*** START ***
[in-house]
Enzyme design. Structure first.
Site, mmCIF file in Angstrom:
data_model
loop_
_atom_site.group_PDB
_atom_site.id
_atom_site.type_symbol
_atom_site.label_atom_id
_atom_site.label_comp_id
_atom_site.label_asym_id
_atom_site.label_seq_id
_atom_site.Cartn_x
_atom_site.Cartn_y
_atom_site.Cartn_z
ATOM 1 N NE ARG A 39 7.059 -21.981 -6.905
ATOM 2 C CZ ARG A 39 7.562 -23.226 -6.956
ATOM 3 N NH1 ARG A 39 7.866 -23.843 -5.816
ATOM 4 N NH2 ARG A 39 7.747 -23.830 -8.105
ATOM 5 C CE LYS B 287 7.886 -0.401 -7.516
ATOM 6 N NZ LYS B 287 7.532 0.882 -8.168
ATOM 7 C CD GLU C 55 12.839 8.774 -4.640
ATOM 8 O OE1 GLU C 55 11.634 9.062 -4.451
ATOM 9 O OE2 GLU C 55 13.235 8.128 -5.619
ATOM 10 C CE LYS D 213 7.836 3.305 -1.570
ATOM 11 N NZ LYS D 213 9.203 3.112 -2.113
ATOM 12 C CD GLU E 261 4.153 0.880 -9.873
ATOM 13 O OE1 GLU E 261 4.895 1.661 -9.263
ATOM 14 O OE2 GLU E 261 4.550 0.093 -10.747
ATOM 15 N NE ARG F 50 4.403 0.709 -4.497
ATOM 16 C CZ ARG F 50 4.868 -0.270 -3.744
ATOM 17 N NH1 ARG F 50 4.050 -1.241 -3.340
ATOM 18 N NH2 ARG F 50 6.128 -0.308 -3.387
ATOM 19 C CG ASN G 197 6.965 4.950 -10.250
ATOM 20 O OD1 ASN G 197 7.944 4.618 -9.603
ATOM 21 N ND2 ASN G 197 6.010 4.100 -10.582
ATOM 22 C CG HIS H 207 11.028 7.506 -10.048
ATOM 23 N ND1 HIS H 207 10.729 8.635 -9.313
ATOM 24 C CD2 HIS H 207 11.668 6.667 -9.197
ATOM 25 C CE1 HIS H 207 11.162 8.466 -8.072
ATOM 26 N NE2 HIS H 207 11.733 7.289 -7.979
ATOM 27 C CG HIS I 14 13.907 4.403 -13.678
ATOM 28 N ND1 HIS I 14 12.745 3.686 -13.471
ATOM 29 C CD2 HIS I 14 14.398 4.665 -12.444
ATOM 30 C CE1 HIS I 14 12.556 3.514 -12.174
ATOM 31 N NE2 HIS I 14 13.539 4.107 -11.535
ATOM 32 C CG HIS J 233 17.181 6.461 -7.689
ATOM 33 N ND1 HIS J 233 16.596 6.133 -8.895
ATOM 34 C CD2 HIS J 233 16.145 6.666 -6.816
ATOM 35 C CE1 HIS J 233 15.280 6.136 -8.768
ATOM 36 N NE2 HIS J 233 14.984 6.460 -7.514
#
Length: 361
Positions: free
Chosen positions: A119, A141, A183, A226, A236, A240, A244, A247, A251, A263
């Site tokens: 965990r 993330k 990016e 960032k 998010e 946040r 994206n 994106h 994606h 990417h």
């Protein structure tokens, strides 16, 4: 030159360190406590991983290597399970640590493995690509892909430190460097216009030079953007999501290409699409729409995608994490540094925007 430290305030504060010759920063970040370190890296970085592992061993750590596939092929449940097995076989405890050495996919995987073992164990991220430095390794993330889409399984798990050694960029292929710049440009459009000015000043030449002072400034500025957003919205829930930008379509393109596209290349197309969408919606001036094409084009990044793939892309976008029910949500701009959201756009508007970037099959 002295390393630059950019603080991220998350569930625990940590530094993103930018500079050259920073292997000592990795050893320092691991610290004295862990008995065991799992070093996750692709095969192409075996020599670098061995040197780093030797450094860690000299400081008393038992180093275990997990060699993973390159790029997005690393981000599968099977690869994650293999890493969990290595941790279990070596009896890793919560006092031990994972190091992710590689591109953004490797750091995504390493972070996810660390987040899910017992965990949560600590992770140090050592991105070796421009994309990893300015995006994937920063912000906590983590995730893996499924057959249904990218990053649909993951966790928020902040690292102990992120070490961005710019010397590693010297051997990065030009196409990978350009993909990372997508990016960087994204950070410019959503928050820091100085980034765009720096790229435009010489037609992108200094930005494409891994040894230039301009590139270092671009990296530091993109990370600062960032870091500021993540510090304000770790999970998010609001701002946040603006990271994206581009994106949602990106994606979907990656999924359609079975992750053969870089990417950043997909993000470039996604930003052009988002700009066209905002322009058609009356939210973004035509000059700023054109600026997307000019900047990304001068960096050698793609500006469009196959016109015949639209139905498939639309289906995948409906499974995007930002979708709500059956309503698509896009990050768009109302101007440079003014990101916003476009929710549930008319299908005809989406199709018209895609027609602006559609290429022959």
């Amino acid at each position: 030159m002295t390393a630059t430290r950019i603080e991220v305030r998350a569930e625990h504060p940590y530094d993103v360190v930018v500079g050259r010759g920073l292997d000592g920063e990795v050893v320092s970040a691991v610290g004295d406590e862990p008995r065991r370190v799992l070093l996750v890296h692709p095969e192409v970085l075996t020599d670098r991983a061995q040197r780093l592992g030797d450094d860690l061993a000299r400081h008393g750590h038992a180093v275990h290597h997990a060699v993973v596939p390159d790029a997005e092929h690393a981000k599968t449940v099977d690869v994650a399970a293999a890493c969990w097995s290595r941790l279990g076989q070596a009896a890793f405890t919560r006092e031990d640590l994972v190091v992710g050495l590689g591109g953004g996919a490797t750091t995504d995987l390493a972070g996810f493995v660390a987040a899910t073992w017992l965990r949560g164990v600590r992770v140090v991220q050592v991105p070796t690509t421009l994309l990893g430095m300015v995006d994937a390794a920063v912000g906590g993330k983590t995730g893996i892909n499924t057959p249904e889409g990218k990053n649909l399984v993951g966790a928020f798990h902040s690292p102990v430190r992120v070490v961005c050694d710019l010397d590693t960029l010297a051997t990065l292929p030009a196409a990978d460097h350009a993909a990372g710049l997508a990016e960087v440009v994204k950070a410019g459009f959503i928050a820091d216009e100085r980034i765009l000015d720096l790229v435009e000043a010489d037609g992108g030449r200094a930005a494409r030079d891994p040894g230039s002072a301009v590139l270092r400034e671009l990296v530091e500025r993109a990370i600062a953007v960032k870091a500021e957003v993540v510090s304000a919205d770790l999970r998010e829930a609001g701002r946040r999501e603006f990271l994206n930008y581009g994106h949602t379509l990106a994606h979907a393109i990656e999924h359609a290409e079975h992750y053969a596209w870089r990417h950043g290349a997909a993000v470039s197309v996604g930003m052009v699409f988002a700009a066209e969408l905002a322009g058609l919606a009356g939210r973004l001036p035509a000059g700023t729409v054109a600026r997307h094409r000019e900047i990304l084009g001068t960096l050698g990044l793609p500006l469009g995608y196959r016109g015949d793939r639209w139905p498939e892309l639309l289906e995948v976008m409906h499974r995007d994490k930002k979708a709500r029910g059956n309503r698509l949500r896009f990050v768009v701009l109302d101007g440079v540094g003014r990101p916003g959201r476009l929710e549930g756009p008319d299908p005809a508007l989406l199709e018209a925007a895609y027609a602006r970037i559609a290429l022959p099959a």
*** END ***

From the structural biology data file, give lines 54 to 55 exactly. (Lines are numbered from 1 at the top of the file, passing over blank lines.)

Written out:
Positions: free
Chosen positions: A119, A141, A183, A226, A236, A240, A244, A247, A251, A263